To Have and to Hold: An Intimate History of Collectors and Collecting
The cabinets of obsessive Renaissance collectors were filled with rhinoceros horns encrusted with rubies and jaws of gigantic fish, stuffed birds in the most extraordinary colors, and glorious seashells of all descriptions. Today's collectors amass everything from Picassos to Pez dispensers. But why? In To Have and to Hold, Philipp Blom explores the history of the collecting passion from the Renaissance to the present.
Every collected object, be it a matchbook or a martyr's fingernail, carries a meaning that transcends the object itself; it is a totem. Single-minded pursuit turns the collector into cultural anthropologist. For Alex Shear, his collection from the post-war period-from vintage radios, fallout shelters, and Jell-O boxes to elaborate hair drying contraptions, bobby pins, and Barbie dolls-preserves an age of innocence in the form of the familiar household items that served as the set props for the 1950s American Dream. Alex's Renaissance counterpart is King Rudolph II, whose collection of the art and exotica of his day (housed in his ever-expanding castle in Prague) was breathtaking in its complexity and sophistication, representing the magnificent profusion of the treasures of a world newly explored.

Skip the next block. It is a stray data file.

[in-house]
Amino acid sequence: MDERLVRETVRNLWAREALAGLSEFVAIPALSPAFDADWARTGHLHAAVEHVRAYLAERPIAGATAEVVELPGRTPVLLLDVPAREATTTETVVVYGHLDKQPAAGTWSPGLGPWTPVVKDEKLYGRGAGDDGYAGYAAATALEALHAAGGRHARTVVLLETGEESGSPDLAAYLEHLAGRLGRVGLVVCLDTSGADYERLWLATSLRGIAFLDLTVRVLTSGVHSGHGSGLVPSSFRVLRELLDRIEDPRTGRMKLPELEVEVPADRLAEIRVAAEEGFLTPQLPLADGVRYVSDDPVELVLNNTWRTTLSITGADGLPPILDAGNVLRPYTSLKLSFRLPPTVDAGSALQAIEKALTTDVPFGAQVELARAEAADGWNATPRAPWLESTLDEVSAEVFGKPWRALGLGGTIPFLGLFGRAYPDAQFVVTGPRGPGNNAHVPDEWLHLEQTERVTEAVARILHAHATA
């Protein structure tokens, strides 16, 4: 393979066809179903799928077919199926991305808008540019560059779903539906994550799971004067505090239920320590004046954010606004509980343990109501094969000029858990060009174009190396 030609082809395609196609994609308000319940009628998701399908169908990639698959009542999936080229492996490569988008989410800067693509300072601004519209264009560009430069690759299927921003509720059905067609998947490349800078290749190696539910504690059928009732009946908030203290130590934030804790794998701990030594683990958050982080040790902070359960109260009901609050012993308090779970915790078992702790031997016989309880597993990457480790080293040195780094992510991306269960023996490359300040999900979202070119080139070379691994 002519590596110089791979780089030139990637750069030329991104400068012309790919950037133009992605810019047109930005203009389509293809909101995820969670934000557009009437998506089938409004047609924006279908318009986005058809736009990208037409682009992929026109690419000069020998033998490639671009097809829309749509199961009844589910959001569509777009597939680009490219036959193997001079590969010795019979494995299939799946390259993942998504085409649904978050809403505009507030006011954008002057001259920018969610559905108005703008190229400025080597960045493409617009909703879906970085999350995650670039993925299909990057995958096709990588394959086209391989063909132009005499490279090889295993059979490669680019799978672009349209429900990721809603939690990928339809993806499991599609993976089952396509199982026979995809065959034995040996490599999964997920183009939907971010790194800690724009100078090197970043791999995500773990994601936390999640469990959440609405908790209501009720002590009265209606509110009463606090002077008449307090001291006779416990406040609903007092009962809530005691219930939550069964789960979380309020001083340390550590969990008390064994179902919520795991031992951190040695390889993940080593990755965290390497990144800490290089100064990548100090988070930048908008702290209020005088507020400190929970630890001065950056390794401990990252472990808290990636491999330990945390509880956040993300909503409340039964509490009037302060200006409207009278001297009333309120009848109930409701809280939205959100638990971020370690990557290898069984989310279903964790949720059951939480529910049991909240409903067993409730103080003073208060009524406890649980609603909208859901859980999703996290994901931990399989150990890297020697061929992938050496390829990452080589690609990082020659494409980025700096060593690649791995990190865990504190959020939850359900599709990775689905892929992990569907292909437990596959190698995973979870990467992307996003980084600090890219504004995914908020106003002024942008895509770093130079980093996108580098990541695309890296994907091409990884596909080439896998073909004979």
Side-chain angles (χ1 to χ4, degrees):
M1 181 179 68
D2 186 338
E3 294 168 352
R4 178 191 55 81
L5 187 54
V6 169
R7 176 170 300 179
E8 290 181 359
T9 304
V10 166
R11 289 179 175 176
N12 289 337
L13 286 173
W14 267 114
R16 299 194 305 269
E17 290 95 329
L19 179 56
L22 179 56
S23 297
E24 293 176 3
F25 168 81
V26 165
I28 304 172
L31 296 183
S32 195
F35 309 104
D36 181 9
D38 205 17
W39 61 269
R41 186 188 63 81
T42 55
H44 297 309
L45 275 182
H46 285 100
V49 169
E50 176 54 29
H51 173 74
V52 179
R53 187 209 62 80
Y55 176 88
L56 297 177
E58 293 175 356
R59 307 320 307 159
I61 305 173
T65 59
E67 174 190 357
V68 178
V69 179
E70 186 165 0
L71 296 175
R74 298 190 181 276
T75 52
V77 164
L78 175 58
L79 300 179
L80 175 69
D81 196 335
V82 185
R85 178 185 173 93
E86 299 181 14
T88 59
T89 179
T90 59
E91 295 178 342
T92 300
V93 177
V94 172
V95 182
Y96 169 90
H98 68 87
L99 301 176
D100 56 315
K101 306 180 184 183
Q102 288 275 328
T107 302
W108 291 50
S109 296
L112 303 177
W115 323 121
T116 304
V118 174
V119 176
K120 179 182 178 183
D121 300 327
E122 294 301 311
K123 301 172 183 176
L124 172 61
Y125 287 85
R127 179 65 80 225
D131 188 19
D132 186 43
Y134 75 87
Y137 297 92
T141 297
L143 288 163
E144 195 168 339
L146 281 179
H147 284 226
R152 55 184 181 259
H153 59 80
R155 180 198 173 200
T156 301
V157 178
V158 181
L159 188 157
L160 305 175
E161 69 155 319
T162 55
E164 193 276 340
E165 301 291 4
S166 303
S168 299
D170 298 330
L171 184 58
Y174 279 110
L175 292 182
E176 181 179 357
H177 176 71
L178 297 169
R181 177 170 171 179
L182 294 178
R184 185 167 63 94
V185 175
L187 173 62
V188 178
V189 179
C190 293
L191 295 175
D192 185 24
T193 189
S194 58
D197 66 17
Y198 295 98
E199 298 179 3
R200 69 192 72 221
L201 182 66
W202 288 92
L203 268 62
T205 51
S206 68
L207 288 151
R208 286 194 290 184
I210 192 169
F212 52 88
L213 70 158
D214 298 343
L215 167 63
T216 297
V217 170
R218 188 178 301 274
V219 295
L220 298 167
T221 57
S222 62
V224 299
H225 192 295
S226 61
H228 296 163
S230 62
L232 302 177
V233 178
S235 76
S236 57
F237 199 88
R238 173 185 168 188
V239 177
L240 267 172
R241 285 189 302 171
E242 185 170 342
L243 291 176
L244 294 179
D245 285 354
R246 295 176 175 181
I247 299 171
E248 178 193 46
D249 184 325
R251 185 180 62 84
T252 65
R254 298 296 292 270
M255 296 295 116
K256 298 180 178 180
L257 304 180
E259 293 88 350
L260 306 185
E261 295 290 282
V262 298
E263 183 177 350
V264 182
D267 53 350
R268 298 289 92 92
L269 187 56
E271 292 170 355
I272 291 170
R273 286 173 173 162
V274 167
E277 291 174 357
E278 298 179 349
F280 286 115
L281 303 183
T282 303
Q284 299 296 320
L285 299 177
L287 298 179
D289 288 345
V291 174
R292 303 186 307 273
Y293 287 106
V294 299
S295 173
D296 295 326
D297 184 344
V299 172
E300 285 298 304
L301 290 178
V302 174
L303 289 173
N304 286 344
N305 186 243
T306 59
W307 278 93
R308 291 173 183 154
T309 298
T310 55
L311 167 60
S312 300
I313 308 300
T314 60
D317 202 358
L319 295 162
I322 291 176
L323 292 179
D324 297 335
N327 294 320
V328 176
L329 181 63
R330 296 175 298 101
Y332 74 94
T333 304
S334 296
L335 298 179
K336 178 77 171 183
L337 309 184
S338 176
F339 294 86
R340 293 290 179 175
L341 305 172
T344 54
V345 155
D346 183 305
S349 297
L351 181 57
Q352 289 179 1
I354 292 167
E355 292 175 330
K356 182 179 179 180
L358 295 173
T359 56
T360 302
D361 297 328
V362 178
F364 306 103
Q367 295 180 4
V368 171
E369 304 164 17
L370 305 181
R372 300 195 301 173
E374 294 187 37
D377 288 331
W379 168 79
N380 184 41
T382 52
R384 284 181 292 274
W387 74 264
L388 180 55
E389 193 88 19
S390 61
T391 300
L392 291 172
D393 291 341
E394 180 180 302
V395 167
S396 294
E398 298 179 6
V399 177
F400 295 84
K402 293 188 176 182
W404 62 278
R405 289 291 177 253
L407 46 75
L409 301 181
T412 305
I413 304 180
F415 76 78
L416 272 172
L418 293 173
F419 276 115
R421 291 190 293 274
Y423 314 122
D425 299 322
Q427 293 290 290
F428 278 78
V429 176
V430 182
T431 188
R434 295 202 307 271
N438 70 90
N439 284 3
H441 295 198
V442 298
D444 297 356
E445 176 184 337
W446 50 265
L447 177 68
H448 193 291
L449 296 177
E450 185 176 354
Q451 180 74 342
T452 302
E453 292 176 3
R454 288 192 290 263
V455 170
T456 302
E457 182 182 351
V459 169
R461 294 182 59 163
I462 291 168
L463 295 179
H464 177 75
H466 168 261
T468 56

Out of this glittering diversity of material Blom distills the themes underlying this seemingly elusive passion: conquest and possession, chaos and memory, a void to be filled, and the awareness of our own mortality. What emerges is the story of the collector as bridegroom, deliriously, obsessively happy, wed to his possessions, till death do us part.
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LibraryThing ReviewUser Review - readaholic12 - LibraryThing
A dense and delightful guided tour and detailed history of brilliant and obsessive collectors and their amazing collections To Have and To Hold held my attention ably. This book made me even more ... Read full review
LibraryThing ReviewUser Review - Stbalbach - LibraryThing
At first I thought this was going to be a survey of some eccentric collectors in history, on which is does not disappoint, but it turns out to be a lot richer and contain some real pearls of wisdom ... Read full review
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